As the sun set in Las Vegas on Sunday, tens of thousands of runners hit the road to take part in the city's annual marathon.
It was the biggest event since a gunman, hiding in a hotel room above the famous Strip, killed 58 people at an outdoor concert.
More than one month later, authorities still don't know what drove 64-year-old wealthy retiree Stephen Paddock to stage the attack. Paddock was found dead in his hotel room -- apparently from a self-inflicted gunshot.
The shadow of the October 1 mass shooting -- the deadliest in modern US history -- colored the mood at Sunday's event.
"There's a subdued tone to the race this year," marathon spokesman Dan Cruz told CNN affiliate KSNV.
Police had 350 officers on the ground and used dump trucks, buses and other large vehicles as barriers to protect the crowds, Las Vegas Metropolitan Police Captain Andy Walsh told CNN affiliate KTNV.
There were also counter-sniper surveillance posts along the route and coverage from the police department's helicopter unit, Walsh said.
The city also worked to install 800 steel posts along the Strip as part of larger plan to keep pedestrians and vehicles apart, KSNV reported.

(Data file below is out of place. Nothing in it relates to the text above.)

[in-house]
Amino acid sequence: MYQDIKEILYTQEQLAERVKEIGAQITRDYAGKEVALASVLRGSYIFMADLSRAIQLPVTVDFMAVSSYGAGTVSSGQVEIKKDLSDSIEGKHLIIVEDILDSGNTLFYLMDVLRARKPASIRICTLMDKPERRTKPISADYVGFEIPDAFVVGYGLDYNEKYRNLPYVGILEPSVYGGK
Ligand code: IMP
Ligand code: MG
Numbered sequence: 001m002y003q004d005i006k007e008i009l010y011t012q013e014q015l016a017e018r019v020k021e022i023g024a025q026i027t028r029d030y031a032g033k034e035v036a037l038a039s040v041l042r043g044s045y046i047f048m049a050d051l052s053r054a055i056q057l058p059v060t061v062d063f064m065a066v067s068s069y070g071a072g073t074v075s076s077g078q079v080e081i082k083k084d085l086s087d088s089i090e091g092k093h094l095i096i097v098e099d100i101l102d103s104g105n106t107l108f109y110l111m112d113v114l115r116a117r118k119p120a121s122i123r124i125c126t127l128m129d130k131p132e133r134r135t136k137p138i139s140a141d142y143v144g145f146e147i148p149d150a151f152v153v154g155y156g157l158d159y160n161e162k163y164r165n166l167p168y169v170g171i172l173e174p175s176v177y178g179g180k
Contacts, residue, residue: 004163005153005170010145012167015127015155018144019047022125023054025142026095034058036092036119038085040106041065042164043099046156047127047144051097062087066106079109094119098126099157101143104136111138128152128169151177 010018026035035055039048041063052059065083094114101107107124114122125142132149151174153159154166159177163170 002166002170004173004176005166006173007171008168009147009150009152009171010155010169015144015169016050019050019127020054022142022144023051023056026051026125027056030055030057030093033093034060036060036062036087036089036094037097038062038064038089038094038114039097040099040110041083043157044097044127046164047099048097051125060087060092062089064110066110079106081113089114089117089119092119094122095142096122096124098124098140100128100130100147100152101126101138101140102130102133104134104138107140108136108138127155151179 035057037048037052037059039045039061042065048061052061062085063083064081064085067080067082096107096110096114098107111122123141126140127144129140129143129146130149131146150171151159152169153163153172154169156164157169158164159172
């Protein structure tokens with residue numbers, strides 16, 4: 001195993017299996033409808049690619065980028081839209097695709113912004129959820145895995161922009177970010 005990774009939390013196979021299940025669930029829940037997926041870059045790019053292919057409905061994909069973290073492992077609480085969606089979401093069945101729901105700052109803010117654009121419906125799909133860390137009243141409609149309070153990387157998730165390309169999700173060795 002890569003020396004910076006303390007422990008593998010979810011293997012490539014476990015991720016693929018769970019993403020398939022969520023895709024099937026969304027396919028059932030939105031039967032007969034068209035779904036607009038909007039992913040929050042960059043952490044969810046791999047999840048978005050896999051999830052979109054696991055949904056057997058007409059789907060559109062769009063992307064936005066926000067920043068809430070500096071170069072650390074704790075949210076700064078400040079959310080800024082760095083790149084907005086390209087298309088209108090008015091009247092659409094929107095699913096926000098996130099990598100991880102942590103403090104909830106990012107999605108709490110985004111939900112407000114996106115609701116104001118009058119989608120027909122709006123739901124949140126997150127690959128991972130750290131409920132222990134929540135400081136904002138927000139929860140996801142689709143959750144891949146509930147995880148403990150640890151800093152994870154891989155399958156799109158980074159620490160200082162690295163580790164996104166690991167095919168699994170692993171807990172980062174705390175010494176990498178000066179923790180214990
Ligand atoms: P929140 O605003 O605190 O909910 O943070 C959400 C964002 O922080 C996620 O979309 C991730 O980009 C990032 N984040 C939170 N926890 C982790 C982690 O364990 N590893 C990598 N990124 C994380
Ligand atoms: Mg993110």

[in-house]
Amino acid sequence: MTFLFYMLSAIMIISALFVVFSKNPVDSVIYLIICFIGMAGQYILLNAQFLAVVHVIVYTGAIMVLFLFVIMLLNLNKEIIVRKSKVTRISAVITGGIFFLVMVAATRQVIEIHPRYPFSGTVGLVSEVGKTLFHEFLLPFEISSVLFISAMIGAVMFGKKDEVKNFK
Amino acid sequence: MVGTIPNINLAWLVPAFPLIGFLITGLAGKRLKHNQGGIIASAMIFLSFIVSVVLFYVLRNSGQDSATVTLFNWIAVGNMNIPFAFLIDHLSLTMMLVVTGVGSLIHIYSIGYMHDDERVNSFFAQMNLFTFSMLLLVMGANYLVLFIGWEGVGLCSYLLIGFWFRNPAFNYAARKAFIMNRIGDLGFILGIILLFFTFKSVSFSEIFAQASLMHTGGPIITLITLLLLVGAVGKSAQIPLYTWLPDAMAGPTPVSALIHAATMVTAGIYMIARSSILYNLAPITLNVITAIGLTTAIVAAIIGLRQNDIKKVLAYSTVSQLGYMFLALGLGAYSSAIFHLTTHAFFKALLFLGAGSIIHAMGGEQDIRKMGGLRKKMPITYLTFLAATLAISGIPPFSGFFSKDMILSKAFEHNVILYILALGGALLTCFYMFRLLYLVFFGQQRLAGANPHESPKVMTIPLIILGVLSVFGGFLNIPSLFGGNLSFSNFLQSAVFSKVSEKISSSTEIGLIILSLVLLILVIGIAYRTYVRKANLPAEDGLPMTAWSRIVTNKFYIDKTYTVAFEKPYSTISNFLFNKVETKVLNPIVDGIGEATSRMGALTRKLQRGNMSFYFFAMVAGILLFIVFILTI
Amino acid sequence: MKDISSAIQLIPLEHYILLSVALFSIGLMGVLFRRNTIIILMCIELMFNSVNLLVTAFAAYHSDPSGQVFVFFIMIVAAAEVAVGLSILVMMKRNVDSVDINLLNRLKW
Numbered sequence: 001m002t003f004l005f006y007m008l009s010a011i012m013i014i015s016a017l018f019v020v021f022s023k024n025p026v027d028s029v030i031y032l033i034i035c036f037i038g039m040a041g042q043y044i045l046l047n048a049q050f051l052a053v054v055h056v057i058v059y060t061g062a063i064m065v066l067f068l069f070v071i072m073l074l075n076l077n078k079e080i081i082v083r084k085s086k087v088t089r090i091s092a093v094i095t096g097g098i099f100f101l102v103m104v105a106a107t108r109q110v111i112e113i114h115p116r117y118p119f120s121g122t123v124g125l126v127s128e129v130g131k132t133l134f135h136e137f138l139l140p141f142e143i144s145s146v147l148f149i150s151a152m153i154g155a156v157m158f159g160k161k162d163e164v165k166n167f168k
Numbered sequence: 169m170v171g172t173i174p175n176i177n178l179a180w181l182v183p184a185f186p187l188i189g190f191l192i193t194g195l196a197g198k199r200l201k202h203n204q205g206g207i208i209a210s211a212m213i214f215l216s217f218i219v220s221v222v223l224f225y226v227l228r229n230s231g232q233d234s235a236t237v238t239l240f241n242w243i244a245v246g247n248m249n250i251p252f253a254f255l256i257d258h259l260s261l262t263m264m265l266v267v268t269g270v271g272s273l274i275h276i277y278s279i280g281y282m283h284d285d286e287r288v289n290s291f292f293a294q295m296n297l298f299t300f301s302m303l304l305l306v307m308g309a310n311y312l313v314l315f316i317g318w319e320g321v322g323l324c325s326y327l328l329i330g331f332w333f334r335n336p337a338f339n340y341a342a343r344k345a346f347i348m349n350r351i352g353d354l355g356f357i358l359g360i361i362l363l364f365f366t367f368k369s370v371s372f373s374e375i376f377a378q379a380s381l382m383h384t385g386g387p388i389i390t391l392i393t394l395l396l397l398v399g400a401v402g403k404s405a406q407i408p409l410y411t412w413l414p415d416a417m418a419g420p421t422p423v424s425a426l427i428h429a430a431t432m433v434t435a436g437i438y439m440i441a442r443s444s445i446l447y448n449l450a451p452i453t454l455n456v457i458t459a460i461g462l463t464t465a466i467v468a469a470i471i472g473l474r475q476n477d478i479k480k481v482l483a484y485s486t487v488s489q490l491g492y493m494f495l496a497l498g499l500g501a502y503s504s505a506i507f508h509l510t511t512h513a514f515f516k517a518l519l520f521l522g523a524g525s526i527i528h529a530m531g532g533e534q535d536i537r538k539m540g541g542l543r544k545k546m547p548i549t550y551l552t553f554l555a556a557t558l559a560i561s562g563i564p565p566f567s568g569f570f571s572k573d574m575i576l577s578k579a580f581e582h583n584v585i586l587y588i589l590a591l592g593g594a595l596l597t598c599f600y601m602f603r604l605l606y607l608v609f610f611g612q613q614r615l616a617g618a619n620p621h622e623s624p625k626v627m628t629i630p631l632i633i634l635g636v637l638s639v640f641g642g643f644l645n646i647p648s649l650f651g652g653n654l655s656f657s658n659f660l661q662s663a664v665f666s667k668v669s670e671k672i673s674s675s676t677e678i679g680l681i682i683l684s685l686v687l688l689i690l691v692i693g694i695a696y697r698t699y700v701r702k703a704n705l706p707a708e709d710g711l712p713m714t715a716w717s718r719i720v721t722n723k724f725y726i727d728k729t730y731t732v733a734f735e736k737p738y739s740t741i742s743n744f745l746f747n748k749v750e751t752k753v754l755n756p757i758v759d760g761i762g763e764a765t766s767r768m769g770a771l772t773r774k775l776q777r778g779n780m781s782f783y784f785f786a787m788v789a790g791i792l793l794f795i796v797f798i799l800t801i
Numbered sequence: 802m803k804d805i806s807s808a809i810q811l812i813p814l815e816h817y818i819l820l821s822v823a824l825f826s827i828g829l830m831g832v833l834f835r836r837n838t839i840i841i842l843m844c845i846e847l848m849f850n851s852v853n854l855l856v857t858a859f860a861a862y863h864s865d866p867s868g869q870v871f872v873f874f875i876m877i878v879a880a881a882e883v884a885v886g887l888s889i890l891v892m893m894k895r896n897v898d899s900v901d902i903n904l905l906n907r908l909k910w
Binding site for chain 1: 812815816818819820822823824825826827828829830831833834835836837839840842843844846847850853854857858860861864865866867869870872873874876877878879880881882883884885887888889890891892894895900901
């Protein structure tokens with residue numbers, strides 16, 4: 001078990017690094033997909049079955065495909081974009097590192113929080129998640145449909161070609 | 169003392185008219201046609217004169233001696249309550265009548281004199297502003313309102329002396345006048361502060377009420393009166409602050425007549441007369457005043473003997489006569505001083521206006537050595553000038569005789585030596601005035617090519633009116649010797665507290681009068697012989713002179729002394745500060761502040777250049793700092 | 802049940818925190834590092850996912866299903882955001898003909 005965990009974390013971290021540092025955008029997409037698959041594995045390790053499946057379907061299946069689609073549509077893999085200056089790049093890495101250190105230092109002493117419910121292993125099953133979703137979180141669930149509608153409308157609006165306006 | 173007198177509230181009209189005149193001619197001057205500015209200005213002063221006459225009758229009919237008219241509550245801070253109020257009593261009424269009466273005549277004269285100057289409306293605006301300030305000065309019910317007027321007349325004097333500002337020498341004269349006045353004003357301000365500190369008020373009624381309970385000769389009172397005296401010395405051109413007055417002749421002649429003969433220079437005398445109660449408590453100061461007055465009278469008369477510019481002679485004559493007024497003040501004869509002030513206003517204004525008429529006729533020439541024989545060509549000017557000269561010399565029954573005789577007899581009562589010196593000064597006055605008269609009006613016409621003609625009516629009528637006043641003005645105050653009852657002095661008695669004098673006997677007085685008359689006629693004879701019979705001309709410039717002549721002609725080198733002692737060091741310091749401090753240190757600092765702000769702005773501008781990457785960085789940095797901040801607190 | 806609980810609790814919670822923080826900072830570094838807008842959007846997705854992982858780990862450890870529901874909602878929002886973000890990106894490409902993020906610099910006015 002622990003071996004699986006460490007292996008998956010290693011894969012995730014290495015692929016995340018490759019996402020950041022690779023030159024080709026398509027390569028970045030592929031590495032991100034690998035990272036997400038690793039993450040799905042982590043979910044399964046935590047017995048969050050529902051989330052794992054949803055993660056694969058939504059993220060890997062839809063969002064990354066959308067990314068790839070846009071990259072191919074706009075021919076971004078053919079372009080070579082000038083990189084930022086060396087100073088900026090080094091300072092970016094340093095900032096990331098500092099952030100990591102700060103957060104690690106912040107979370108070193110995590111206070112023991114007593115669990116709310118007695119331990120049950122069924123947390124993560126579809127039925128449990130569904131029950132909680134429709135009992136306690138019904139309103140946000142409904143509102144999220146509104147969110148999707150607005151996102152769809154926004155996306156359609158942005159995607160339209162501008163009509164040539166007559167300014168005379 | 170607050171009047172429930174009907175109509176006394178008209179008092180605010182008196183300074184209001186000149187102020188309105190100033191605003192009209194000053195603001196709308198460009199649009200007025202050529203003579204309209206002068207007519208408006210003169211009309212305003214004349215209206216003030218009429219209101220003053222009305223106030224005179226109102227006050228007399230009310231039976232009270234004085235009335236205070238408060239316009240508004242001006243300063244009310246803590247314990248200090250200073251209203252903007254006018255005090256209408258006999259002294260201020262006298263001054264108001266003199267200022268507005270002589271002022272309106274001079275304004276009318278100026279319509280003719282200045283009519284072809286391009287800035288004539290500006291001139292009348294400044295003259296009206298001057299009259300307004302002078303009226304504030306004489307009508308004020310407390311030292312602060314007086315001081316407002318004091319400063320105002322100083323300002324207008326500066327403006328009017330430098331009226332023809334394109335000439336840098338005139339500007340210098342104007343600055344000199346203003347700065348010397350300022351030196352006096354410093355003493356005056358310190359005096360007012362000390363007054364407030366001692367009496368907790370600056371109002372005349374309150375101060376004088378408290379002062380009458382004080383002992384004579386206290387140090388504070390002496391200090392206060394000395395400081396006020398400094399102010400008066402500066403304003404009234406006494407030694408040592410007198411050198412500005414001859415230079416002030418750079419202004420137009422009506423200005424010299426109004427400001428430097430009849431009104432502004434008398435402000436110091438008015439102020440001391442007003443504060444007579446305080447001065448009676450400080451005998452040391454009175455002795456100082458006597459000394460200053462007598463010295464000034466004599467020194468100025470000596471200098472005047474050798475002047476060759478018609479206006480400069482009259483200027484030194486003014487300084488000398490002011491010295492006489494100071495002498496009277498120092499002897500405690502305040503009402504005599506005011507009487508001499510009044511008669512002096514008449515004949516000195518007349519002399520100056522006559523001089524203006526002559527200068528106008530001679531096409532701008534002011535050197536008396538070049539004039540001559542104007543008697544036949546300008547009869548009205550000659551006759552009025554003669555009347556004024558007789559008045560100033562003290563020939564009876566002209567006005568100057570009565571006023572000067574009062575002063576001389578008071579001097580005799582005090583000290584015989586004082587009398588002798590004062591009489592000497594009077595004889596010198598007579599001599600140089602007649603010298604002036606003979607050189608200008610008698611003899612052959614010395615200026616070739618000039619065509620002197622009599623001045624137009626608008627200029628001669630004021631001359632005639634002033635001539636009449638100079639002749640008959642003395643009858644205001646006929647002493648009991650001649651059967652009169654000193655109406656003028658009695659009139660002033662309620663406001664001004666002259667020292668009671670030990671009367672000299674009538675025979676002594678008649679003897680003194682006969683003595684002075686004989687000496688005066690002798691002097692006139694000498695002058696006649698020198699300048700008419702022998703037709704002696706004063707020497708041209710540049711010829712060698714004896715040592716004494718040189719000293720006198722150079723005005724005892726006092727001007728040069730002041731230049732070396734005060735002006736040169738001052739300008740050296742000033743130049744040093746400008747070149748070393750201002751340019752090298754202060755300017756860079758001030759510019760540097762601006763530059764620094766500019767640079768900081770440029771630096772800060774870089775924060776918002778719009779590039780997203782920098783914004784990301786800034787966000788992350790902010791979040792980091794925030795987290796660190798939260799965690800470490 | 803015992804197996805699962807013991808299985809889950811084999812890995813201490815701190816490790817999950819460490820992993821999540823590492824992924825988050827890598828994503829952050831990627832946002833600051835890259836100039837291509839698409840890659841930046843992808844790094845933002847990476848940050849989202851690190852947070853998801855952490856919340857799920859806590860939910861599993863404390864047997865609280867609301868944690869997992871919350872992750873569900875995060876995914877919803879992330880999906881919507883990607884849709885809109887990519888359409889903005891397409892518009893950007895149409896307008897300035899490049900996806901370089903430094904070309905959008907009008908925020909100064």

The Rock 'n' Roll Marathon began at 4:30 p.m. local time (7:30 p.m. ET) and was expected to draw 40,000 runners from more than 70 countries, CNN affiliate KLAS reported.
Organizers billed it as "a unique opportunity for marathoners," saying the race starts at sunset, when "the city comes to life with lights shining like you've never seen before."
Few runners canceled their registrations in wake of last month's shooting, Cruz told KSNV.
Participants were warned to expect a greater security presence than in years past. Runners were funneled into a blocked-off starting area, where their bibs were checked and confirmed both upon entry and at the starting line.
Some say the shooting has given the marathon new meaning.
Esther Reincke told KTNV that she dedicated her marathon to Cameron Robinson, her coworker and running buddy who was killed in the shooting.
"I can run now and Cameron can't. That's really moving for me, to have somebody that was so young and so full of life and really just getting his life going," Reincke said.
Runners were encouraged to wear #VegasStrong t-shirts, and organizers included tributes to the victims along the race course. The first two and half miles were "an extended moment of silence," according to Cruz. The rest of the course followed the typical "Rock 'n' Roll Marathon formula" by featuring a live band at every mile to fire up racers.
The course also included a 300-foot #VegasStrong wall signed by runners and lit up in honor of the shooting victims.